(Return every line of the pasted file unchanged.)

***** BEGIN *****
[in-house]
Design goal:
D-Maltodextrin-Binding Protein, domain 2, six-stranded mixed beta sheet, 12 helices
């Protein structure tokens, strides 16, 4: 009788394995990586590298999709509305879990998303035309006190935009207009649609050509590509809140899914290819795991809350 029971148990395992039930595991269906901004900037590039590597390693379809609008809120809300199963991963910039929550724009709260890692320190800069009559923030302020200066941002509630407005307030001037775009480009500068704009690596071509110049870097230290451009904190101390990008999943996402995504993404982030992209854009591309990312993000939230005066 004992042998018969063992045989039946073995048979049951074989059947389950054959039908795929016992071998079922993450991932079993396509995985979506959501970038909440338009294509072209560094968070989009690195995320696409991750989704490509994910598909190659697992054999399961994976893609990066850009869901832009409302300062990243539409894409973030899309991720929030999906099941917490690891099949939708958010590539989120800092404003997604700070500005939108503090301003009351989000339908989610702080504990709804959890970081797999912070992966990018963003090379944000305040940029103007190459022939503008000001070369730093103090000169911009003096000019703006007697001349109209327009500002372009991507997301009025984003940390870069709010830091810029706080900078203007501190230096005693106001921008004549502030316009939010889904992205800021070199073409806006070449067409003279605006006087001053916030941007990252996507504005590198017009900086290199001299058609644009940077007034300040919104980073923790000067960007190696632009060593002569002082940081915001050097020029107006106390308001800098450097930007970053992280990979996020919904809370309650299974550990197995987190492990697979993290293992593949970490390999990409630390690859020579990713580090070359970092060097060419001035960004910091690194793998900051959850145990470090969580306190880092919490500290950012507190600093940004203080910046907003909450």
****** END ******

[in-house]
Design goal:
D-Maltodextrin-Binding Protein, domain 2, six-stranded mixed beta sheet, 12 helices
């Protein structure tokens, strides 16, 4: 009788394995990586590298999709509305879990998303035309006190935009207009649609050509590509809140899914290819795991809350 029971148990395992039930595991269906901004900037590039590597390693379809609008809120809300199963991963910039929550724009709260890692320190800069009559923030302020200066941002509630407005307030001037775009480009500068704009690596071509110049870097230290451009904190101390990008999943996402995504993404982030992209854009591309990312993000939230005066 004992042998018969063992045989039946073995048979049951074989059947389950054959039908795929016992071998079922993450991932079993396509995985979506959501970038909440338009294509072209560094968070989009690195995320696409991750989704490509994910598909190659697992054999399961994976893609990066850009869901832009409302300062990243539409894409973030899309991720929030999906099941917490690891099949939708958010590539989120800092404003997604700070500005939108503090301003009351989000339908989610702080504990709804959890970081797999912070992966990018963003090379944000305040940029103007190459022939503008000001070369730093103090000169911009003096000019703006007697001349109209327009500002372009991507997301009025984003940390870069709010830091810029706080900078203007501190230096005693106001921008004549502030316009939010889904992205800021070199073409806006070449067409003279605006006087001053916030941007990252996507504005590198017009900086290199001299058609644009940077007034300040919104980073923790000067960007190696632009060593002569002082940081915001050097020029107006106390308001800098450097930007970053992280990979996020919904809370309650299974550990197995987190492990697979993290293992593949970490390999990409630390690859020579990713580090070359970092060097060419001035960004910091690194793998900051959850145990470090969580306190880092919490500290950012507190600093940004203080910046907003909450």